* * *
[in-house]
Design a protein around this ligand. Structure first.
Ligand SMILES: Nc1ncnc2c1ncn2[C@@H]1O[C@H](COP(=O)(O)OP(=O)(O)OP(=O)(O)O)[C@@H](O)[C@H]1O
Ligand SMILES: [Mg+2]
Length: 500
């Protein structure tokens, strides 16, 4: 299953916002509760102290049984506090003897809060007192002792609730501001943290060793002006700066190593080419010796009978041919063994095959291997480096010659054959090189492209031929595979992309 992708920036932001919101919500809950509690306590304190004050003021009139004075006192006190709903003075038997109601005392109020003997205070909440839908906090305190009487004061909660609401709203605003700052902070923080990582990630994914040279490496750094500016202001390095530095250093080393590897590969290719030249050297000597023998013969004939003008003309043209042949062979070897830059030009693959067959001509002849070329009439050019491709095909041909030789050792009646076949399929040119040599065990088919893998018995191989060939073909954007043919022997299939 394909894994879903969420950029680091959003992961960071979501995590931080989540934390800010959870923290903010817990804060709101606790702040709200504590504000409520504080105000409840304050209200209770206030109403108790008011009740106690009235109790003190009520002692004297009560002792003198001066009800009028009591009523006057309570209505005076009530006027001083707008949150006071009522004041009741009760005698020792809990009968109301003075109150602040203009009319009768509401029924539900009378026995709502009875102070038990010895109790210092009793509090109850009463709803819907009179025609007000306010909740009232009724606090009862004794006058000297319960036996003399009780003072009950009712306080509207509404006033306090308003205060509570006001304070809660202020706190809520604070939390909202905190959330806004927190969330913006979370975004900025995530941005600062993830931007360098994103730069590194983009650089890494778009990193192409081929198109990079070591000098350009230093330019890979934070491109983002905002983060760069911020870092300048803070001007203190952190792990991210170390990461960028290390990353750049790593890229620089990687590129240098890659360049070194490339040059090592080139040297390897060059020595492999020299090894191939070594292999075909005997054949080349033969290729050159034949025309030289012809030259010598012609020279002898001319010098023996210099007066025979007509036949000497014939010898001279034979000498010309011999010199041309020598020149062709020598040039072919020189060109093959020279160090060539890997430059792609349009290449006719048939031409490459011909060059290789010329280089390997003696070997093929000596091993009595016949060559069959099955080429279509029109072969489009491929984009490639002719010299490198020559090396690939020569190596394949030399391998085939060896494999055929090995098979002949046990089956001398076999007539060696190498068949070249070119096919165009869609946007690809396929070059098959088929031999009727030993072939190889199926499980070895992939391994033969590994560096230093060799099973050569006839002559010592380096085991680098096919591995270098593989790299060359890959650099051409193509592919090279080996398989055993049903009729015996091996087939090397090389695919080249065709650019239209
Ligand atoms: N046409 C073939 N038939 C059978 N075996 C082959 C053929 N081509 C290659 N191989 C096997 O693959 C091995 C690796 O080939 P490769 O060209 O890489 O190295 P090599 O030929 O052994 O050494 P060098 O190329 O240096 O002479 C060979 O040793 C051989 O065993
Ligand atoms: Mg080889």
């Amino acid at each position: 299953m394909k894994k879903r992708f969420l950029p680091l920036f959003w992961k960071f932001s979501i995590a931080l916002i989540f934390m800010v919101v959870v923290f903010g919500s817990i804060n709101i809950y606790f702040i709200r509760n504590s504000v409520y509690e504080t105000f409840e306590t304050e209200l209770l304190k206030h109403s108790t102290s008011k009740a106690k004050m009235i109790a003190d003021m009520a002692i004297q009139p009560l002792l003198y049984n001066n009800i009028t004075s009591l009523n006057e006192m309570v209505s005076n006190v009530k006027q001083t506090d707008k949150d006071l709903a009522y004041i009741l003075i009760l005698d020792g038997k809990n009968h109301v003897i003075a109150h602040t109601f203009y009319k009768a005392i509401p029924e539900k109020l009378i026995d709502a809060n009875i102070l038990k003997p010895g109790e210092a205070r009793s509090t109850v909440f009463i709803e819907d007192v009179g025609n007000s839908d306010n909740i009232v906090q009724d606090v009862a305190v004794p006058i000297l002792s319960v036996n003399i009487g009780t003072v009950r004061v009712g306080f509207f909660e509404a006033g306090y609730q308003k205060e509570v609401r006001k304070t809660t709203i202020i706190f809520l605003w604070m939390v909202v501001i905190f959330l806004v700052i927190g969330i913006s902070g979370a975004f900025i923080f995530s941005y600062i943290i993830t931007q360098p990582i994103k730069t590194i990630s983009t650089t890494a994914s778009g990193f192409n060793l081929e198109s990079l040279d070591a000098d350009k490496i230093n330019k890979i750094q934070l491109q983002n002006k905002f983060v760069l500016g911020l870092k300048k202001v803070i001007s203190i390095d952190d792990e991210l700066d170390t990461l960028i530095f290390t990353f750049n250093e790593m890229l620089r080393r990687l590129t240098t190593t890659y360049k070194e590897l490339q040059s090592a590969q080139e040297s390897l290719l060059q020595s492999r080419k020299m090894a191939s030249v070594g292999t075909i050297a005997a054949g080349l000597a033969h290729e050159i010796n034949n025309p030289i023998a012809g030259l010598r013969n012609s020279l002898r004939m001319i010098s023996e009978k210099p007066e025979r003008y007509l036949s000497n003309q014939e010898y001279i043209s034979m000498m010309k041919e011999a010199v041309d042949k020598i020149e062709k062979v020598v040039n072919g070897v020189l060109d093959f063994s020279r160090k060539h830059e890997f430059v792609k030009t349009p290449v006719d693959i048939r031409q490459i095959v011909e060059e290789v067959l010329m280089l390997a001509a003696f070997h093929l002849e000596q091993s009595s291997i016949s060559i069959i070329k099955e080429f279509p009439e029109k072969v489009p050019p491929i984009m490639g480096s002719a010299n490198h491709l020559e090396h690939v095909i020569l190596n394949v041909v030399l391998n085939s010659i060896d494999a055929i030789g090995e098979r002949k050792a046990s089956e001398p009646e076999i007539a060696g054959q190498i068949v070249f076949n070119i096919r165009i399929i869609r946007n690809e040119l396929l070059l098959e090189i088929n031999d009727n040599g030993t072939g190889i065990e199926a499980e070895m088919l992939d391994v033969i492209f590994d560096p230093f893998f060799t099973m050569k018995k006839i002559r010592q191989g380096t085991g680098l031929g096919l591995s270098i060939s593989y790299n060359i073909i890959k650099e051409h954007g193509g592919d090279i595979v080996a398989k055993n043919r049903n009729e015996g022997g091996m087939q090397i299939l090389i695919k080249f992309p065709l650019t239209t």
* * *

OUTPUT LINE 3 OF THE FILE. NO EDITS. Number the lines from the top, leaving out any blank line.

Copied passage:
Ligand SMILES: Nc1ncnc2c1ncn2[C@@H]1O[C@H](COP(=O)(O)OP(=O)(O)OP(=O)(O)O)[C@@H](O)[C@H]1O